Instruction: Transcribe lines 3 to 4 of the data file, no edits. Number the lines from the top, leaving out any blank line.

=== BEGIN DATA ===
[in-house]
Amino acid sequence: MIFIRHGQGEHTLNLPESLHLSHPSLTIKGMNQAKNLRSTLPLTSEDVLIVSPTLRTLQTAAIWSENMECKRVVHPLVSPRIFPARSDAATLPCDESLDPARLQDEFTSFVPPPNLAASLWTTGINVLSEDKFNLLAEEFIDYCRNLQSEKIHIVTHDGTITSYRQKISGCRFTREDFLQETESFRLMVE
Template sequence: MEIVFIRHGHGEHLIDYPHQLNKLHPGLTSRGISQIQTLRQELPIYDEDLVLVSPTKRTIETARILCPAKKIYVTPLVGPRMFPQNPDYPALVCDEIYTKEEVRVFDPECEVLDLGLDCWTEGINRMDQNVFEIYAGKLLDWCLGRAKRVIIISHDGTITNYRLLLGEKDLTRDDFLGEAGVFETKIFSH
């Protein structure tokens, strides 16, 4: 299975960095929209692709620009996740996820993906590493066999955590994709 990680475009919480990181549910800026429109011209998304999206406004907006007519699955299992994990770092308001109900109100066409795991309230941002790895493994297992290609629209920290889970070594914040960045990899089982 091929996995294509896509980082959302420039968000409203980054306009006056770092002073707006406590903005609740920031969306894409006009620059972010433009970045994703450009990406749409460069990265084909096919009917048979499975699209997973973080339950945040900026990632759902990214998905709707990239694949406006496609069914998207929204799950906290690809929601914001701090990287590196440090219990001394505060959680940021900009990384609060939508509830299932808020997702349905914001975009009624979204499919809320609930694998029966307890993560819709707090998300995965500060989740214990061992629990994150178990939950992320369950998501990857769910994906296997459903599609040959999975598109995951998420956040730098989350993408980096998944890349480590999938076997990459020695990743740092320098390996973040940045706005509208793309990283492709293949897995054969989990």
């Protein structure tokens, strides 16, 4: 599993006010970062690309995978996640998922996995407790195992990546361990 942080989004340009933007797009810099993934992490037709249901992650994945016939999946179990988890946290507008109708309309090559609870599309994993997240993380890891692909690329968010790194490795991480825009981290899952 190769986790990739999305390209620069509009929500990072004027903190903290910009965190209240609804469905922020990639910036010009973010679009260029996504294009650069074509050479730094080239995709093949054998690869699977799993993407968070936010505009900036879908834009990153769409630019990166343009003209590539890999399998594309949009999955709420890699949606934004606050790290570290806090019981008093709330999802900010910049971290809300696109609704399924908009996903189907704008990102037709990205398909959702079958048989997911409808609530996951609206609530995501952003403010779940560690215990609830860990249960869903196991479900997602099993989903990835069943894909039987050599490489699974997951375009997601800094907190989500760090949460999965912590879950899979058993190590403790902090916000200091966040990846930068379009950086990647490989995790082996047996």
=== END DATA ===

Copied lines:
Template sequence: MEIVFIRHGHGEHLIDYPHQLNKLHPGLTSRGISQIQTLRQELPIYDEDLVLVSPTKRTIETARILCPAKKIYVTPLVGPRMFPQNPDYPALVCDEIYTKEEVRVFDPECEVLDLGLDCWTEGINRMDQNVFEIYAGKLLDWCLGRAKRVIIISHDGTITNYRLLLGEKDLTRDDFLGEAGVFETKIFSH
């Protein structure tokens, strides 16, 4: 299975960095929209692709620009996740996820993906590493066999955590994709 990680475009919480990181549910800026429109011209998304999206406004907006007519699955299992994990770092308001109900109100066409795991309230941002790895493994297992290609629209920290889970070594914040960045990899089982 091929996995294509896509980082959302420039968000409203980054306009006056770092002073707006406590903005609740920031969306894409006009620059972010433009970045994703450009990406749409460069990265084909096919009917048979499975699209997973973080339950945040900026990632759902990214998905709707990239694949406006496609069914998207929204799950906290690809929601914001701090990287590196440090219990001394505060959680940021900009990384609060939508509830299932808020997702349905914001975009009624979204499919809320609930694998029966307890993560819709707090998300995965500060989740214990061992629990994150178990939950992320369950998501990857769910994906296997459903599609040959999975598109995951998420956040730098989350993408980096998944890349480590999938076997990459020695990743740092320098390996973040940045706005509208793309990283492709293949897995054969989990």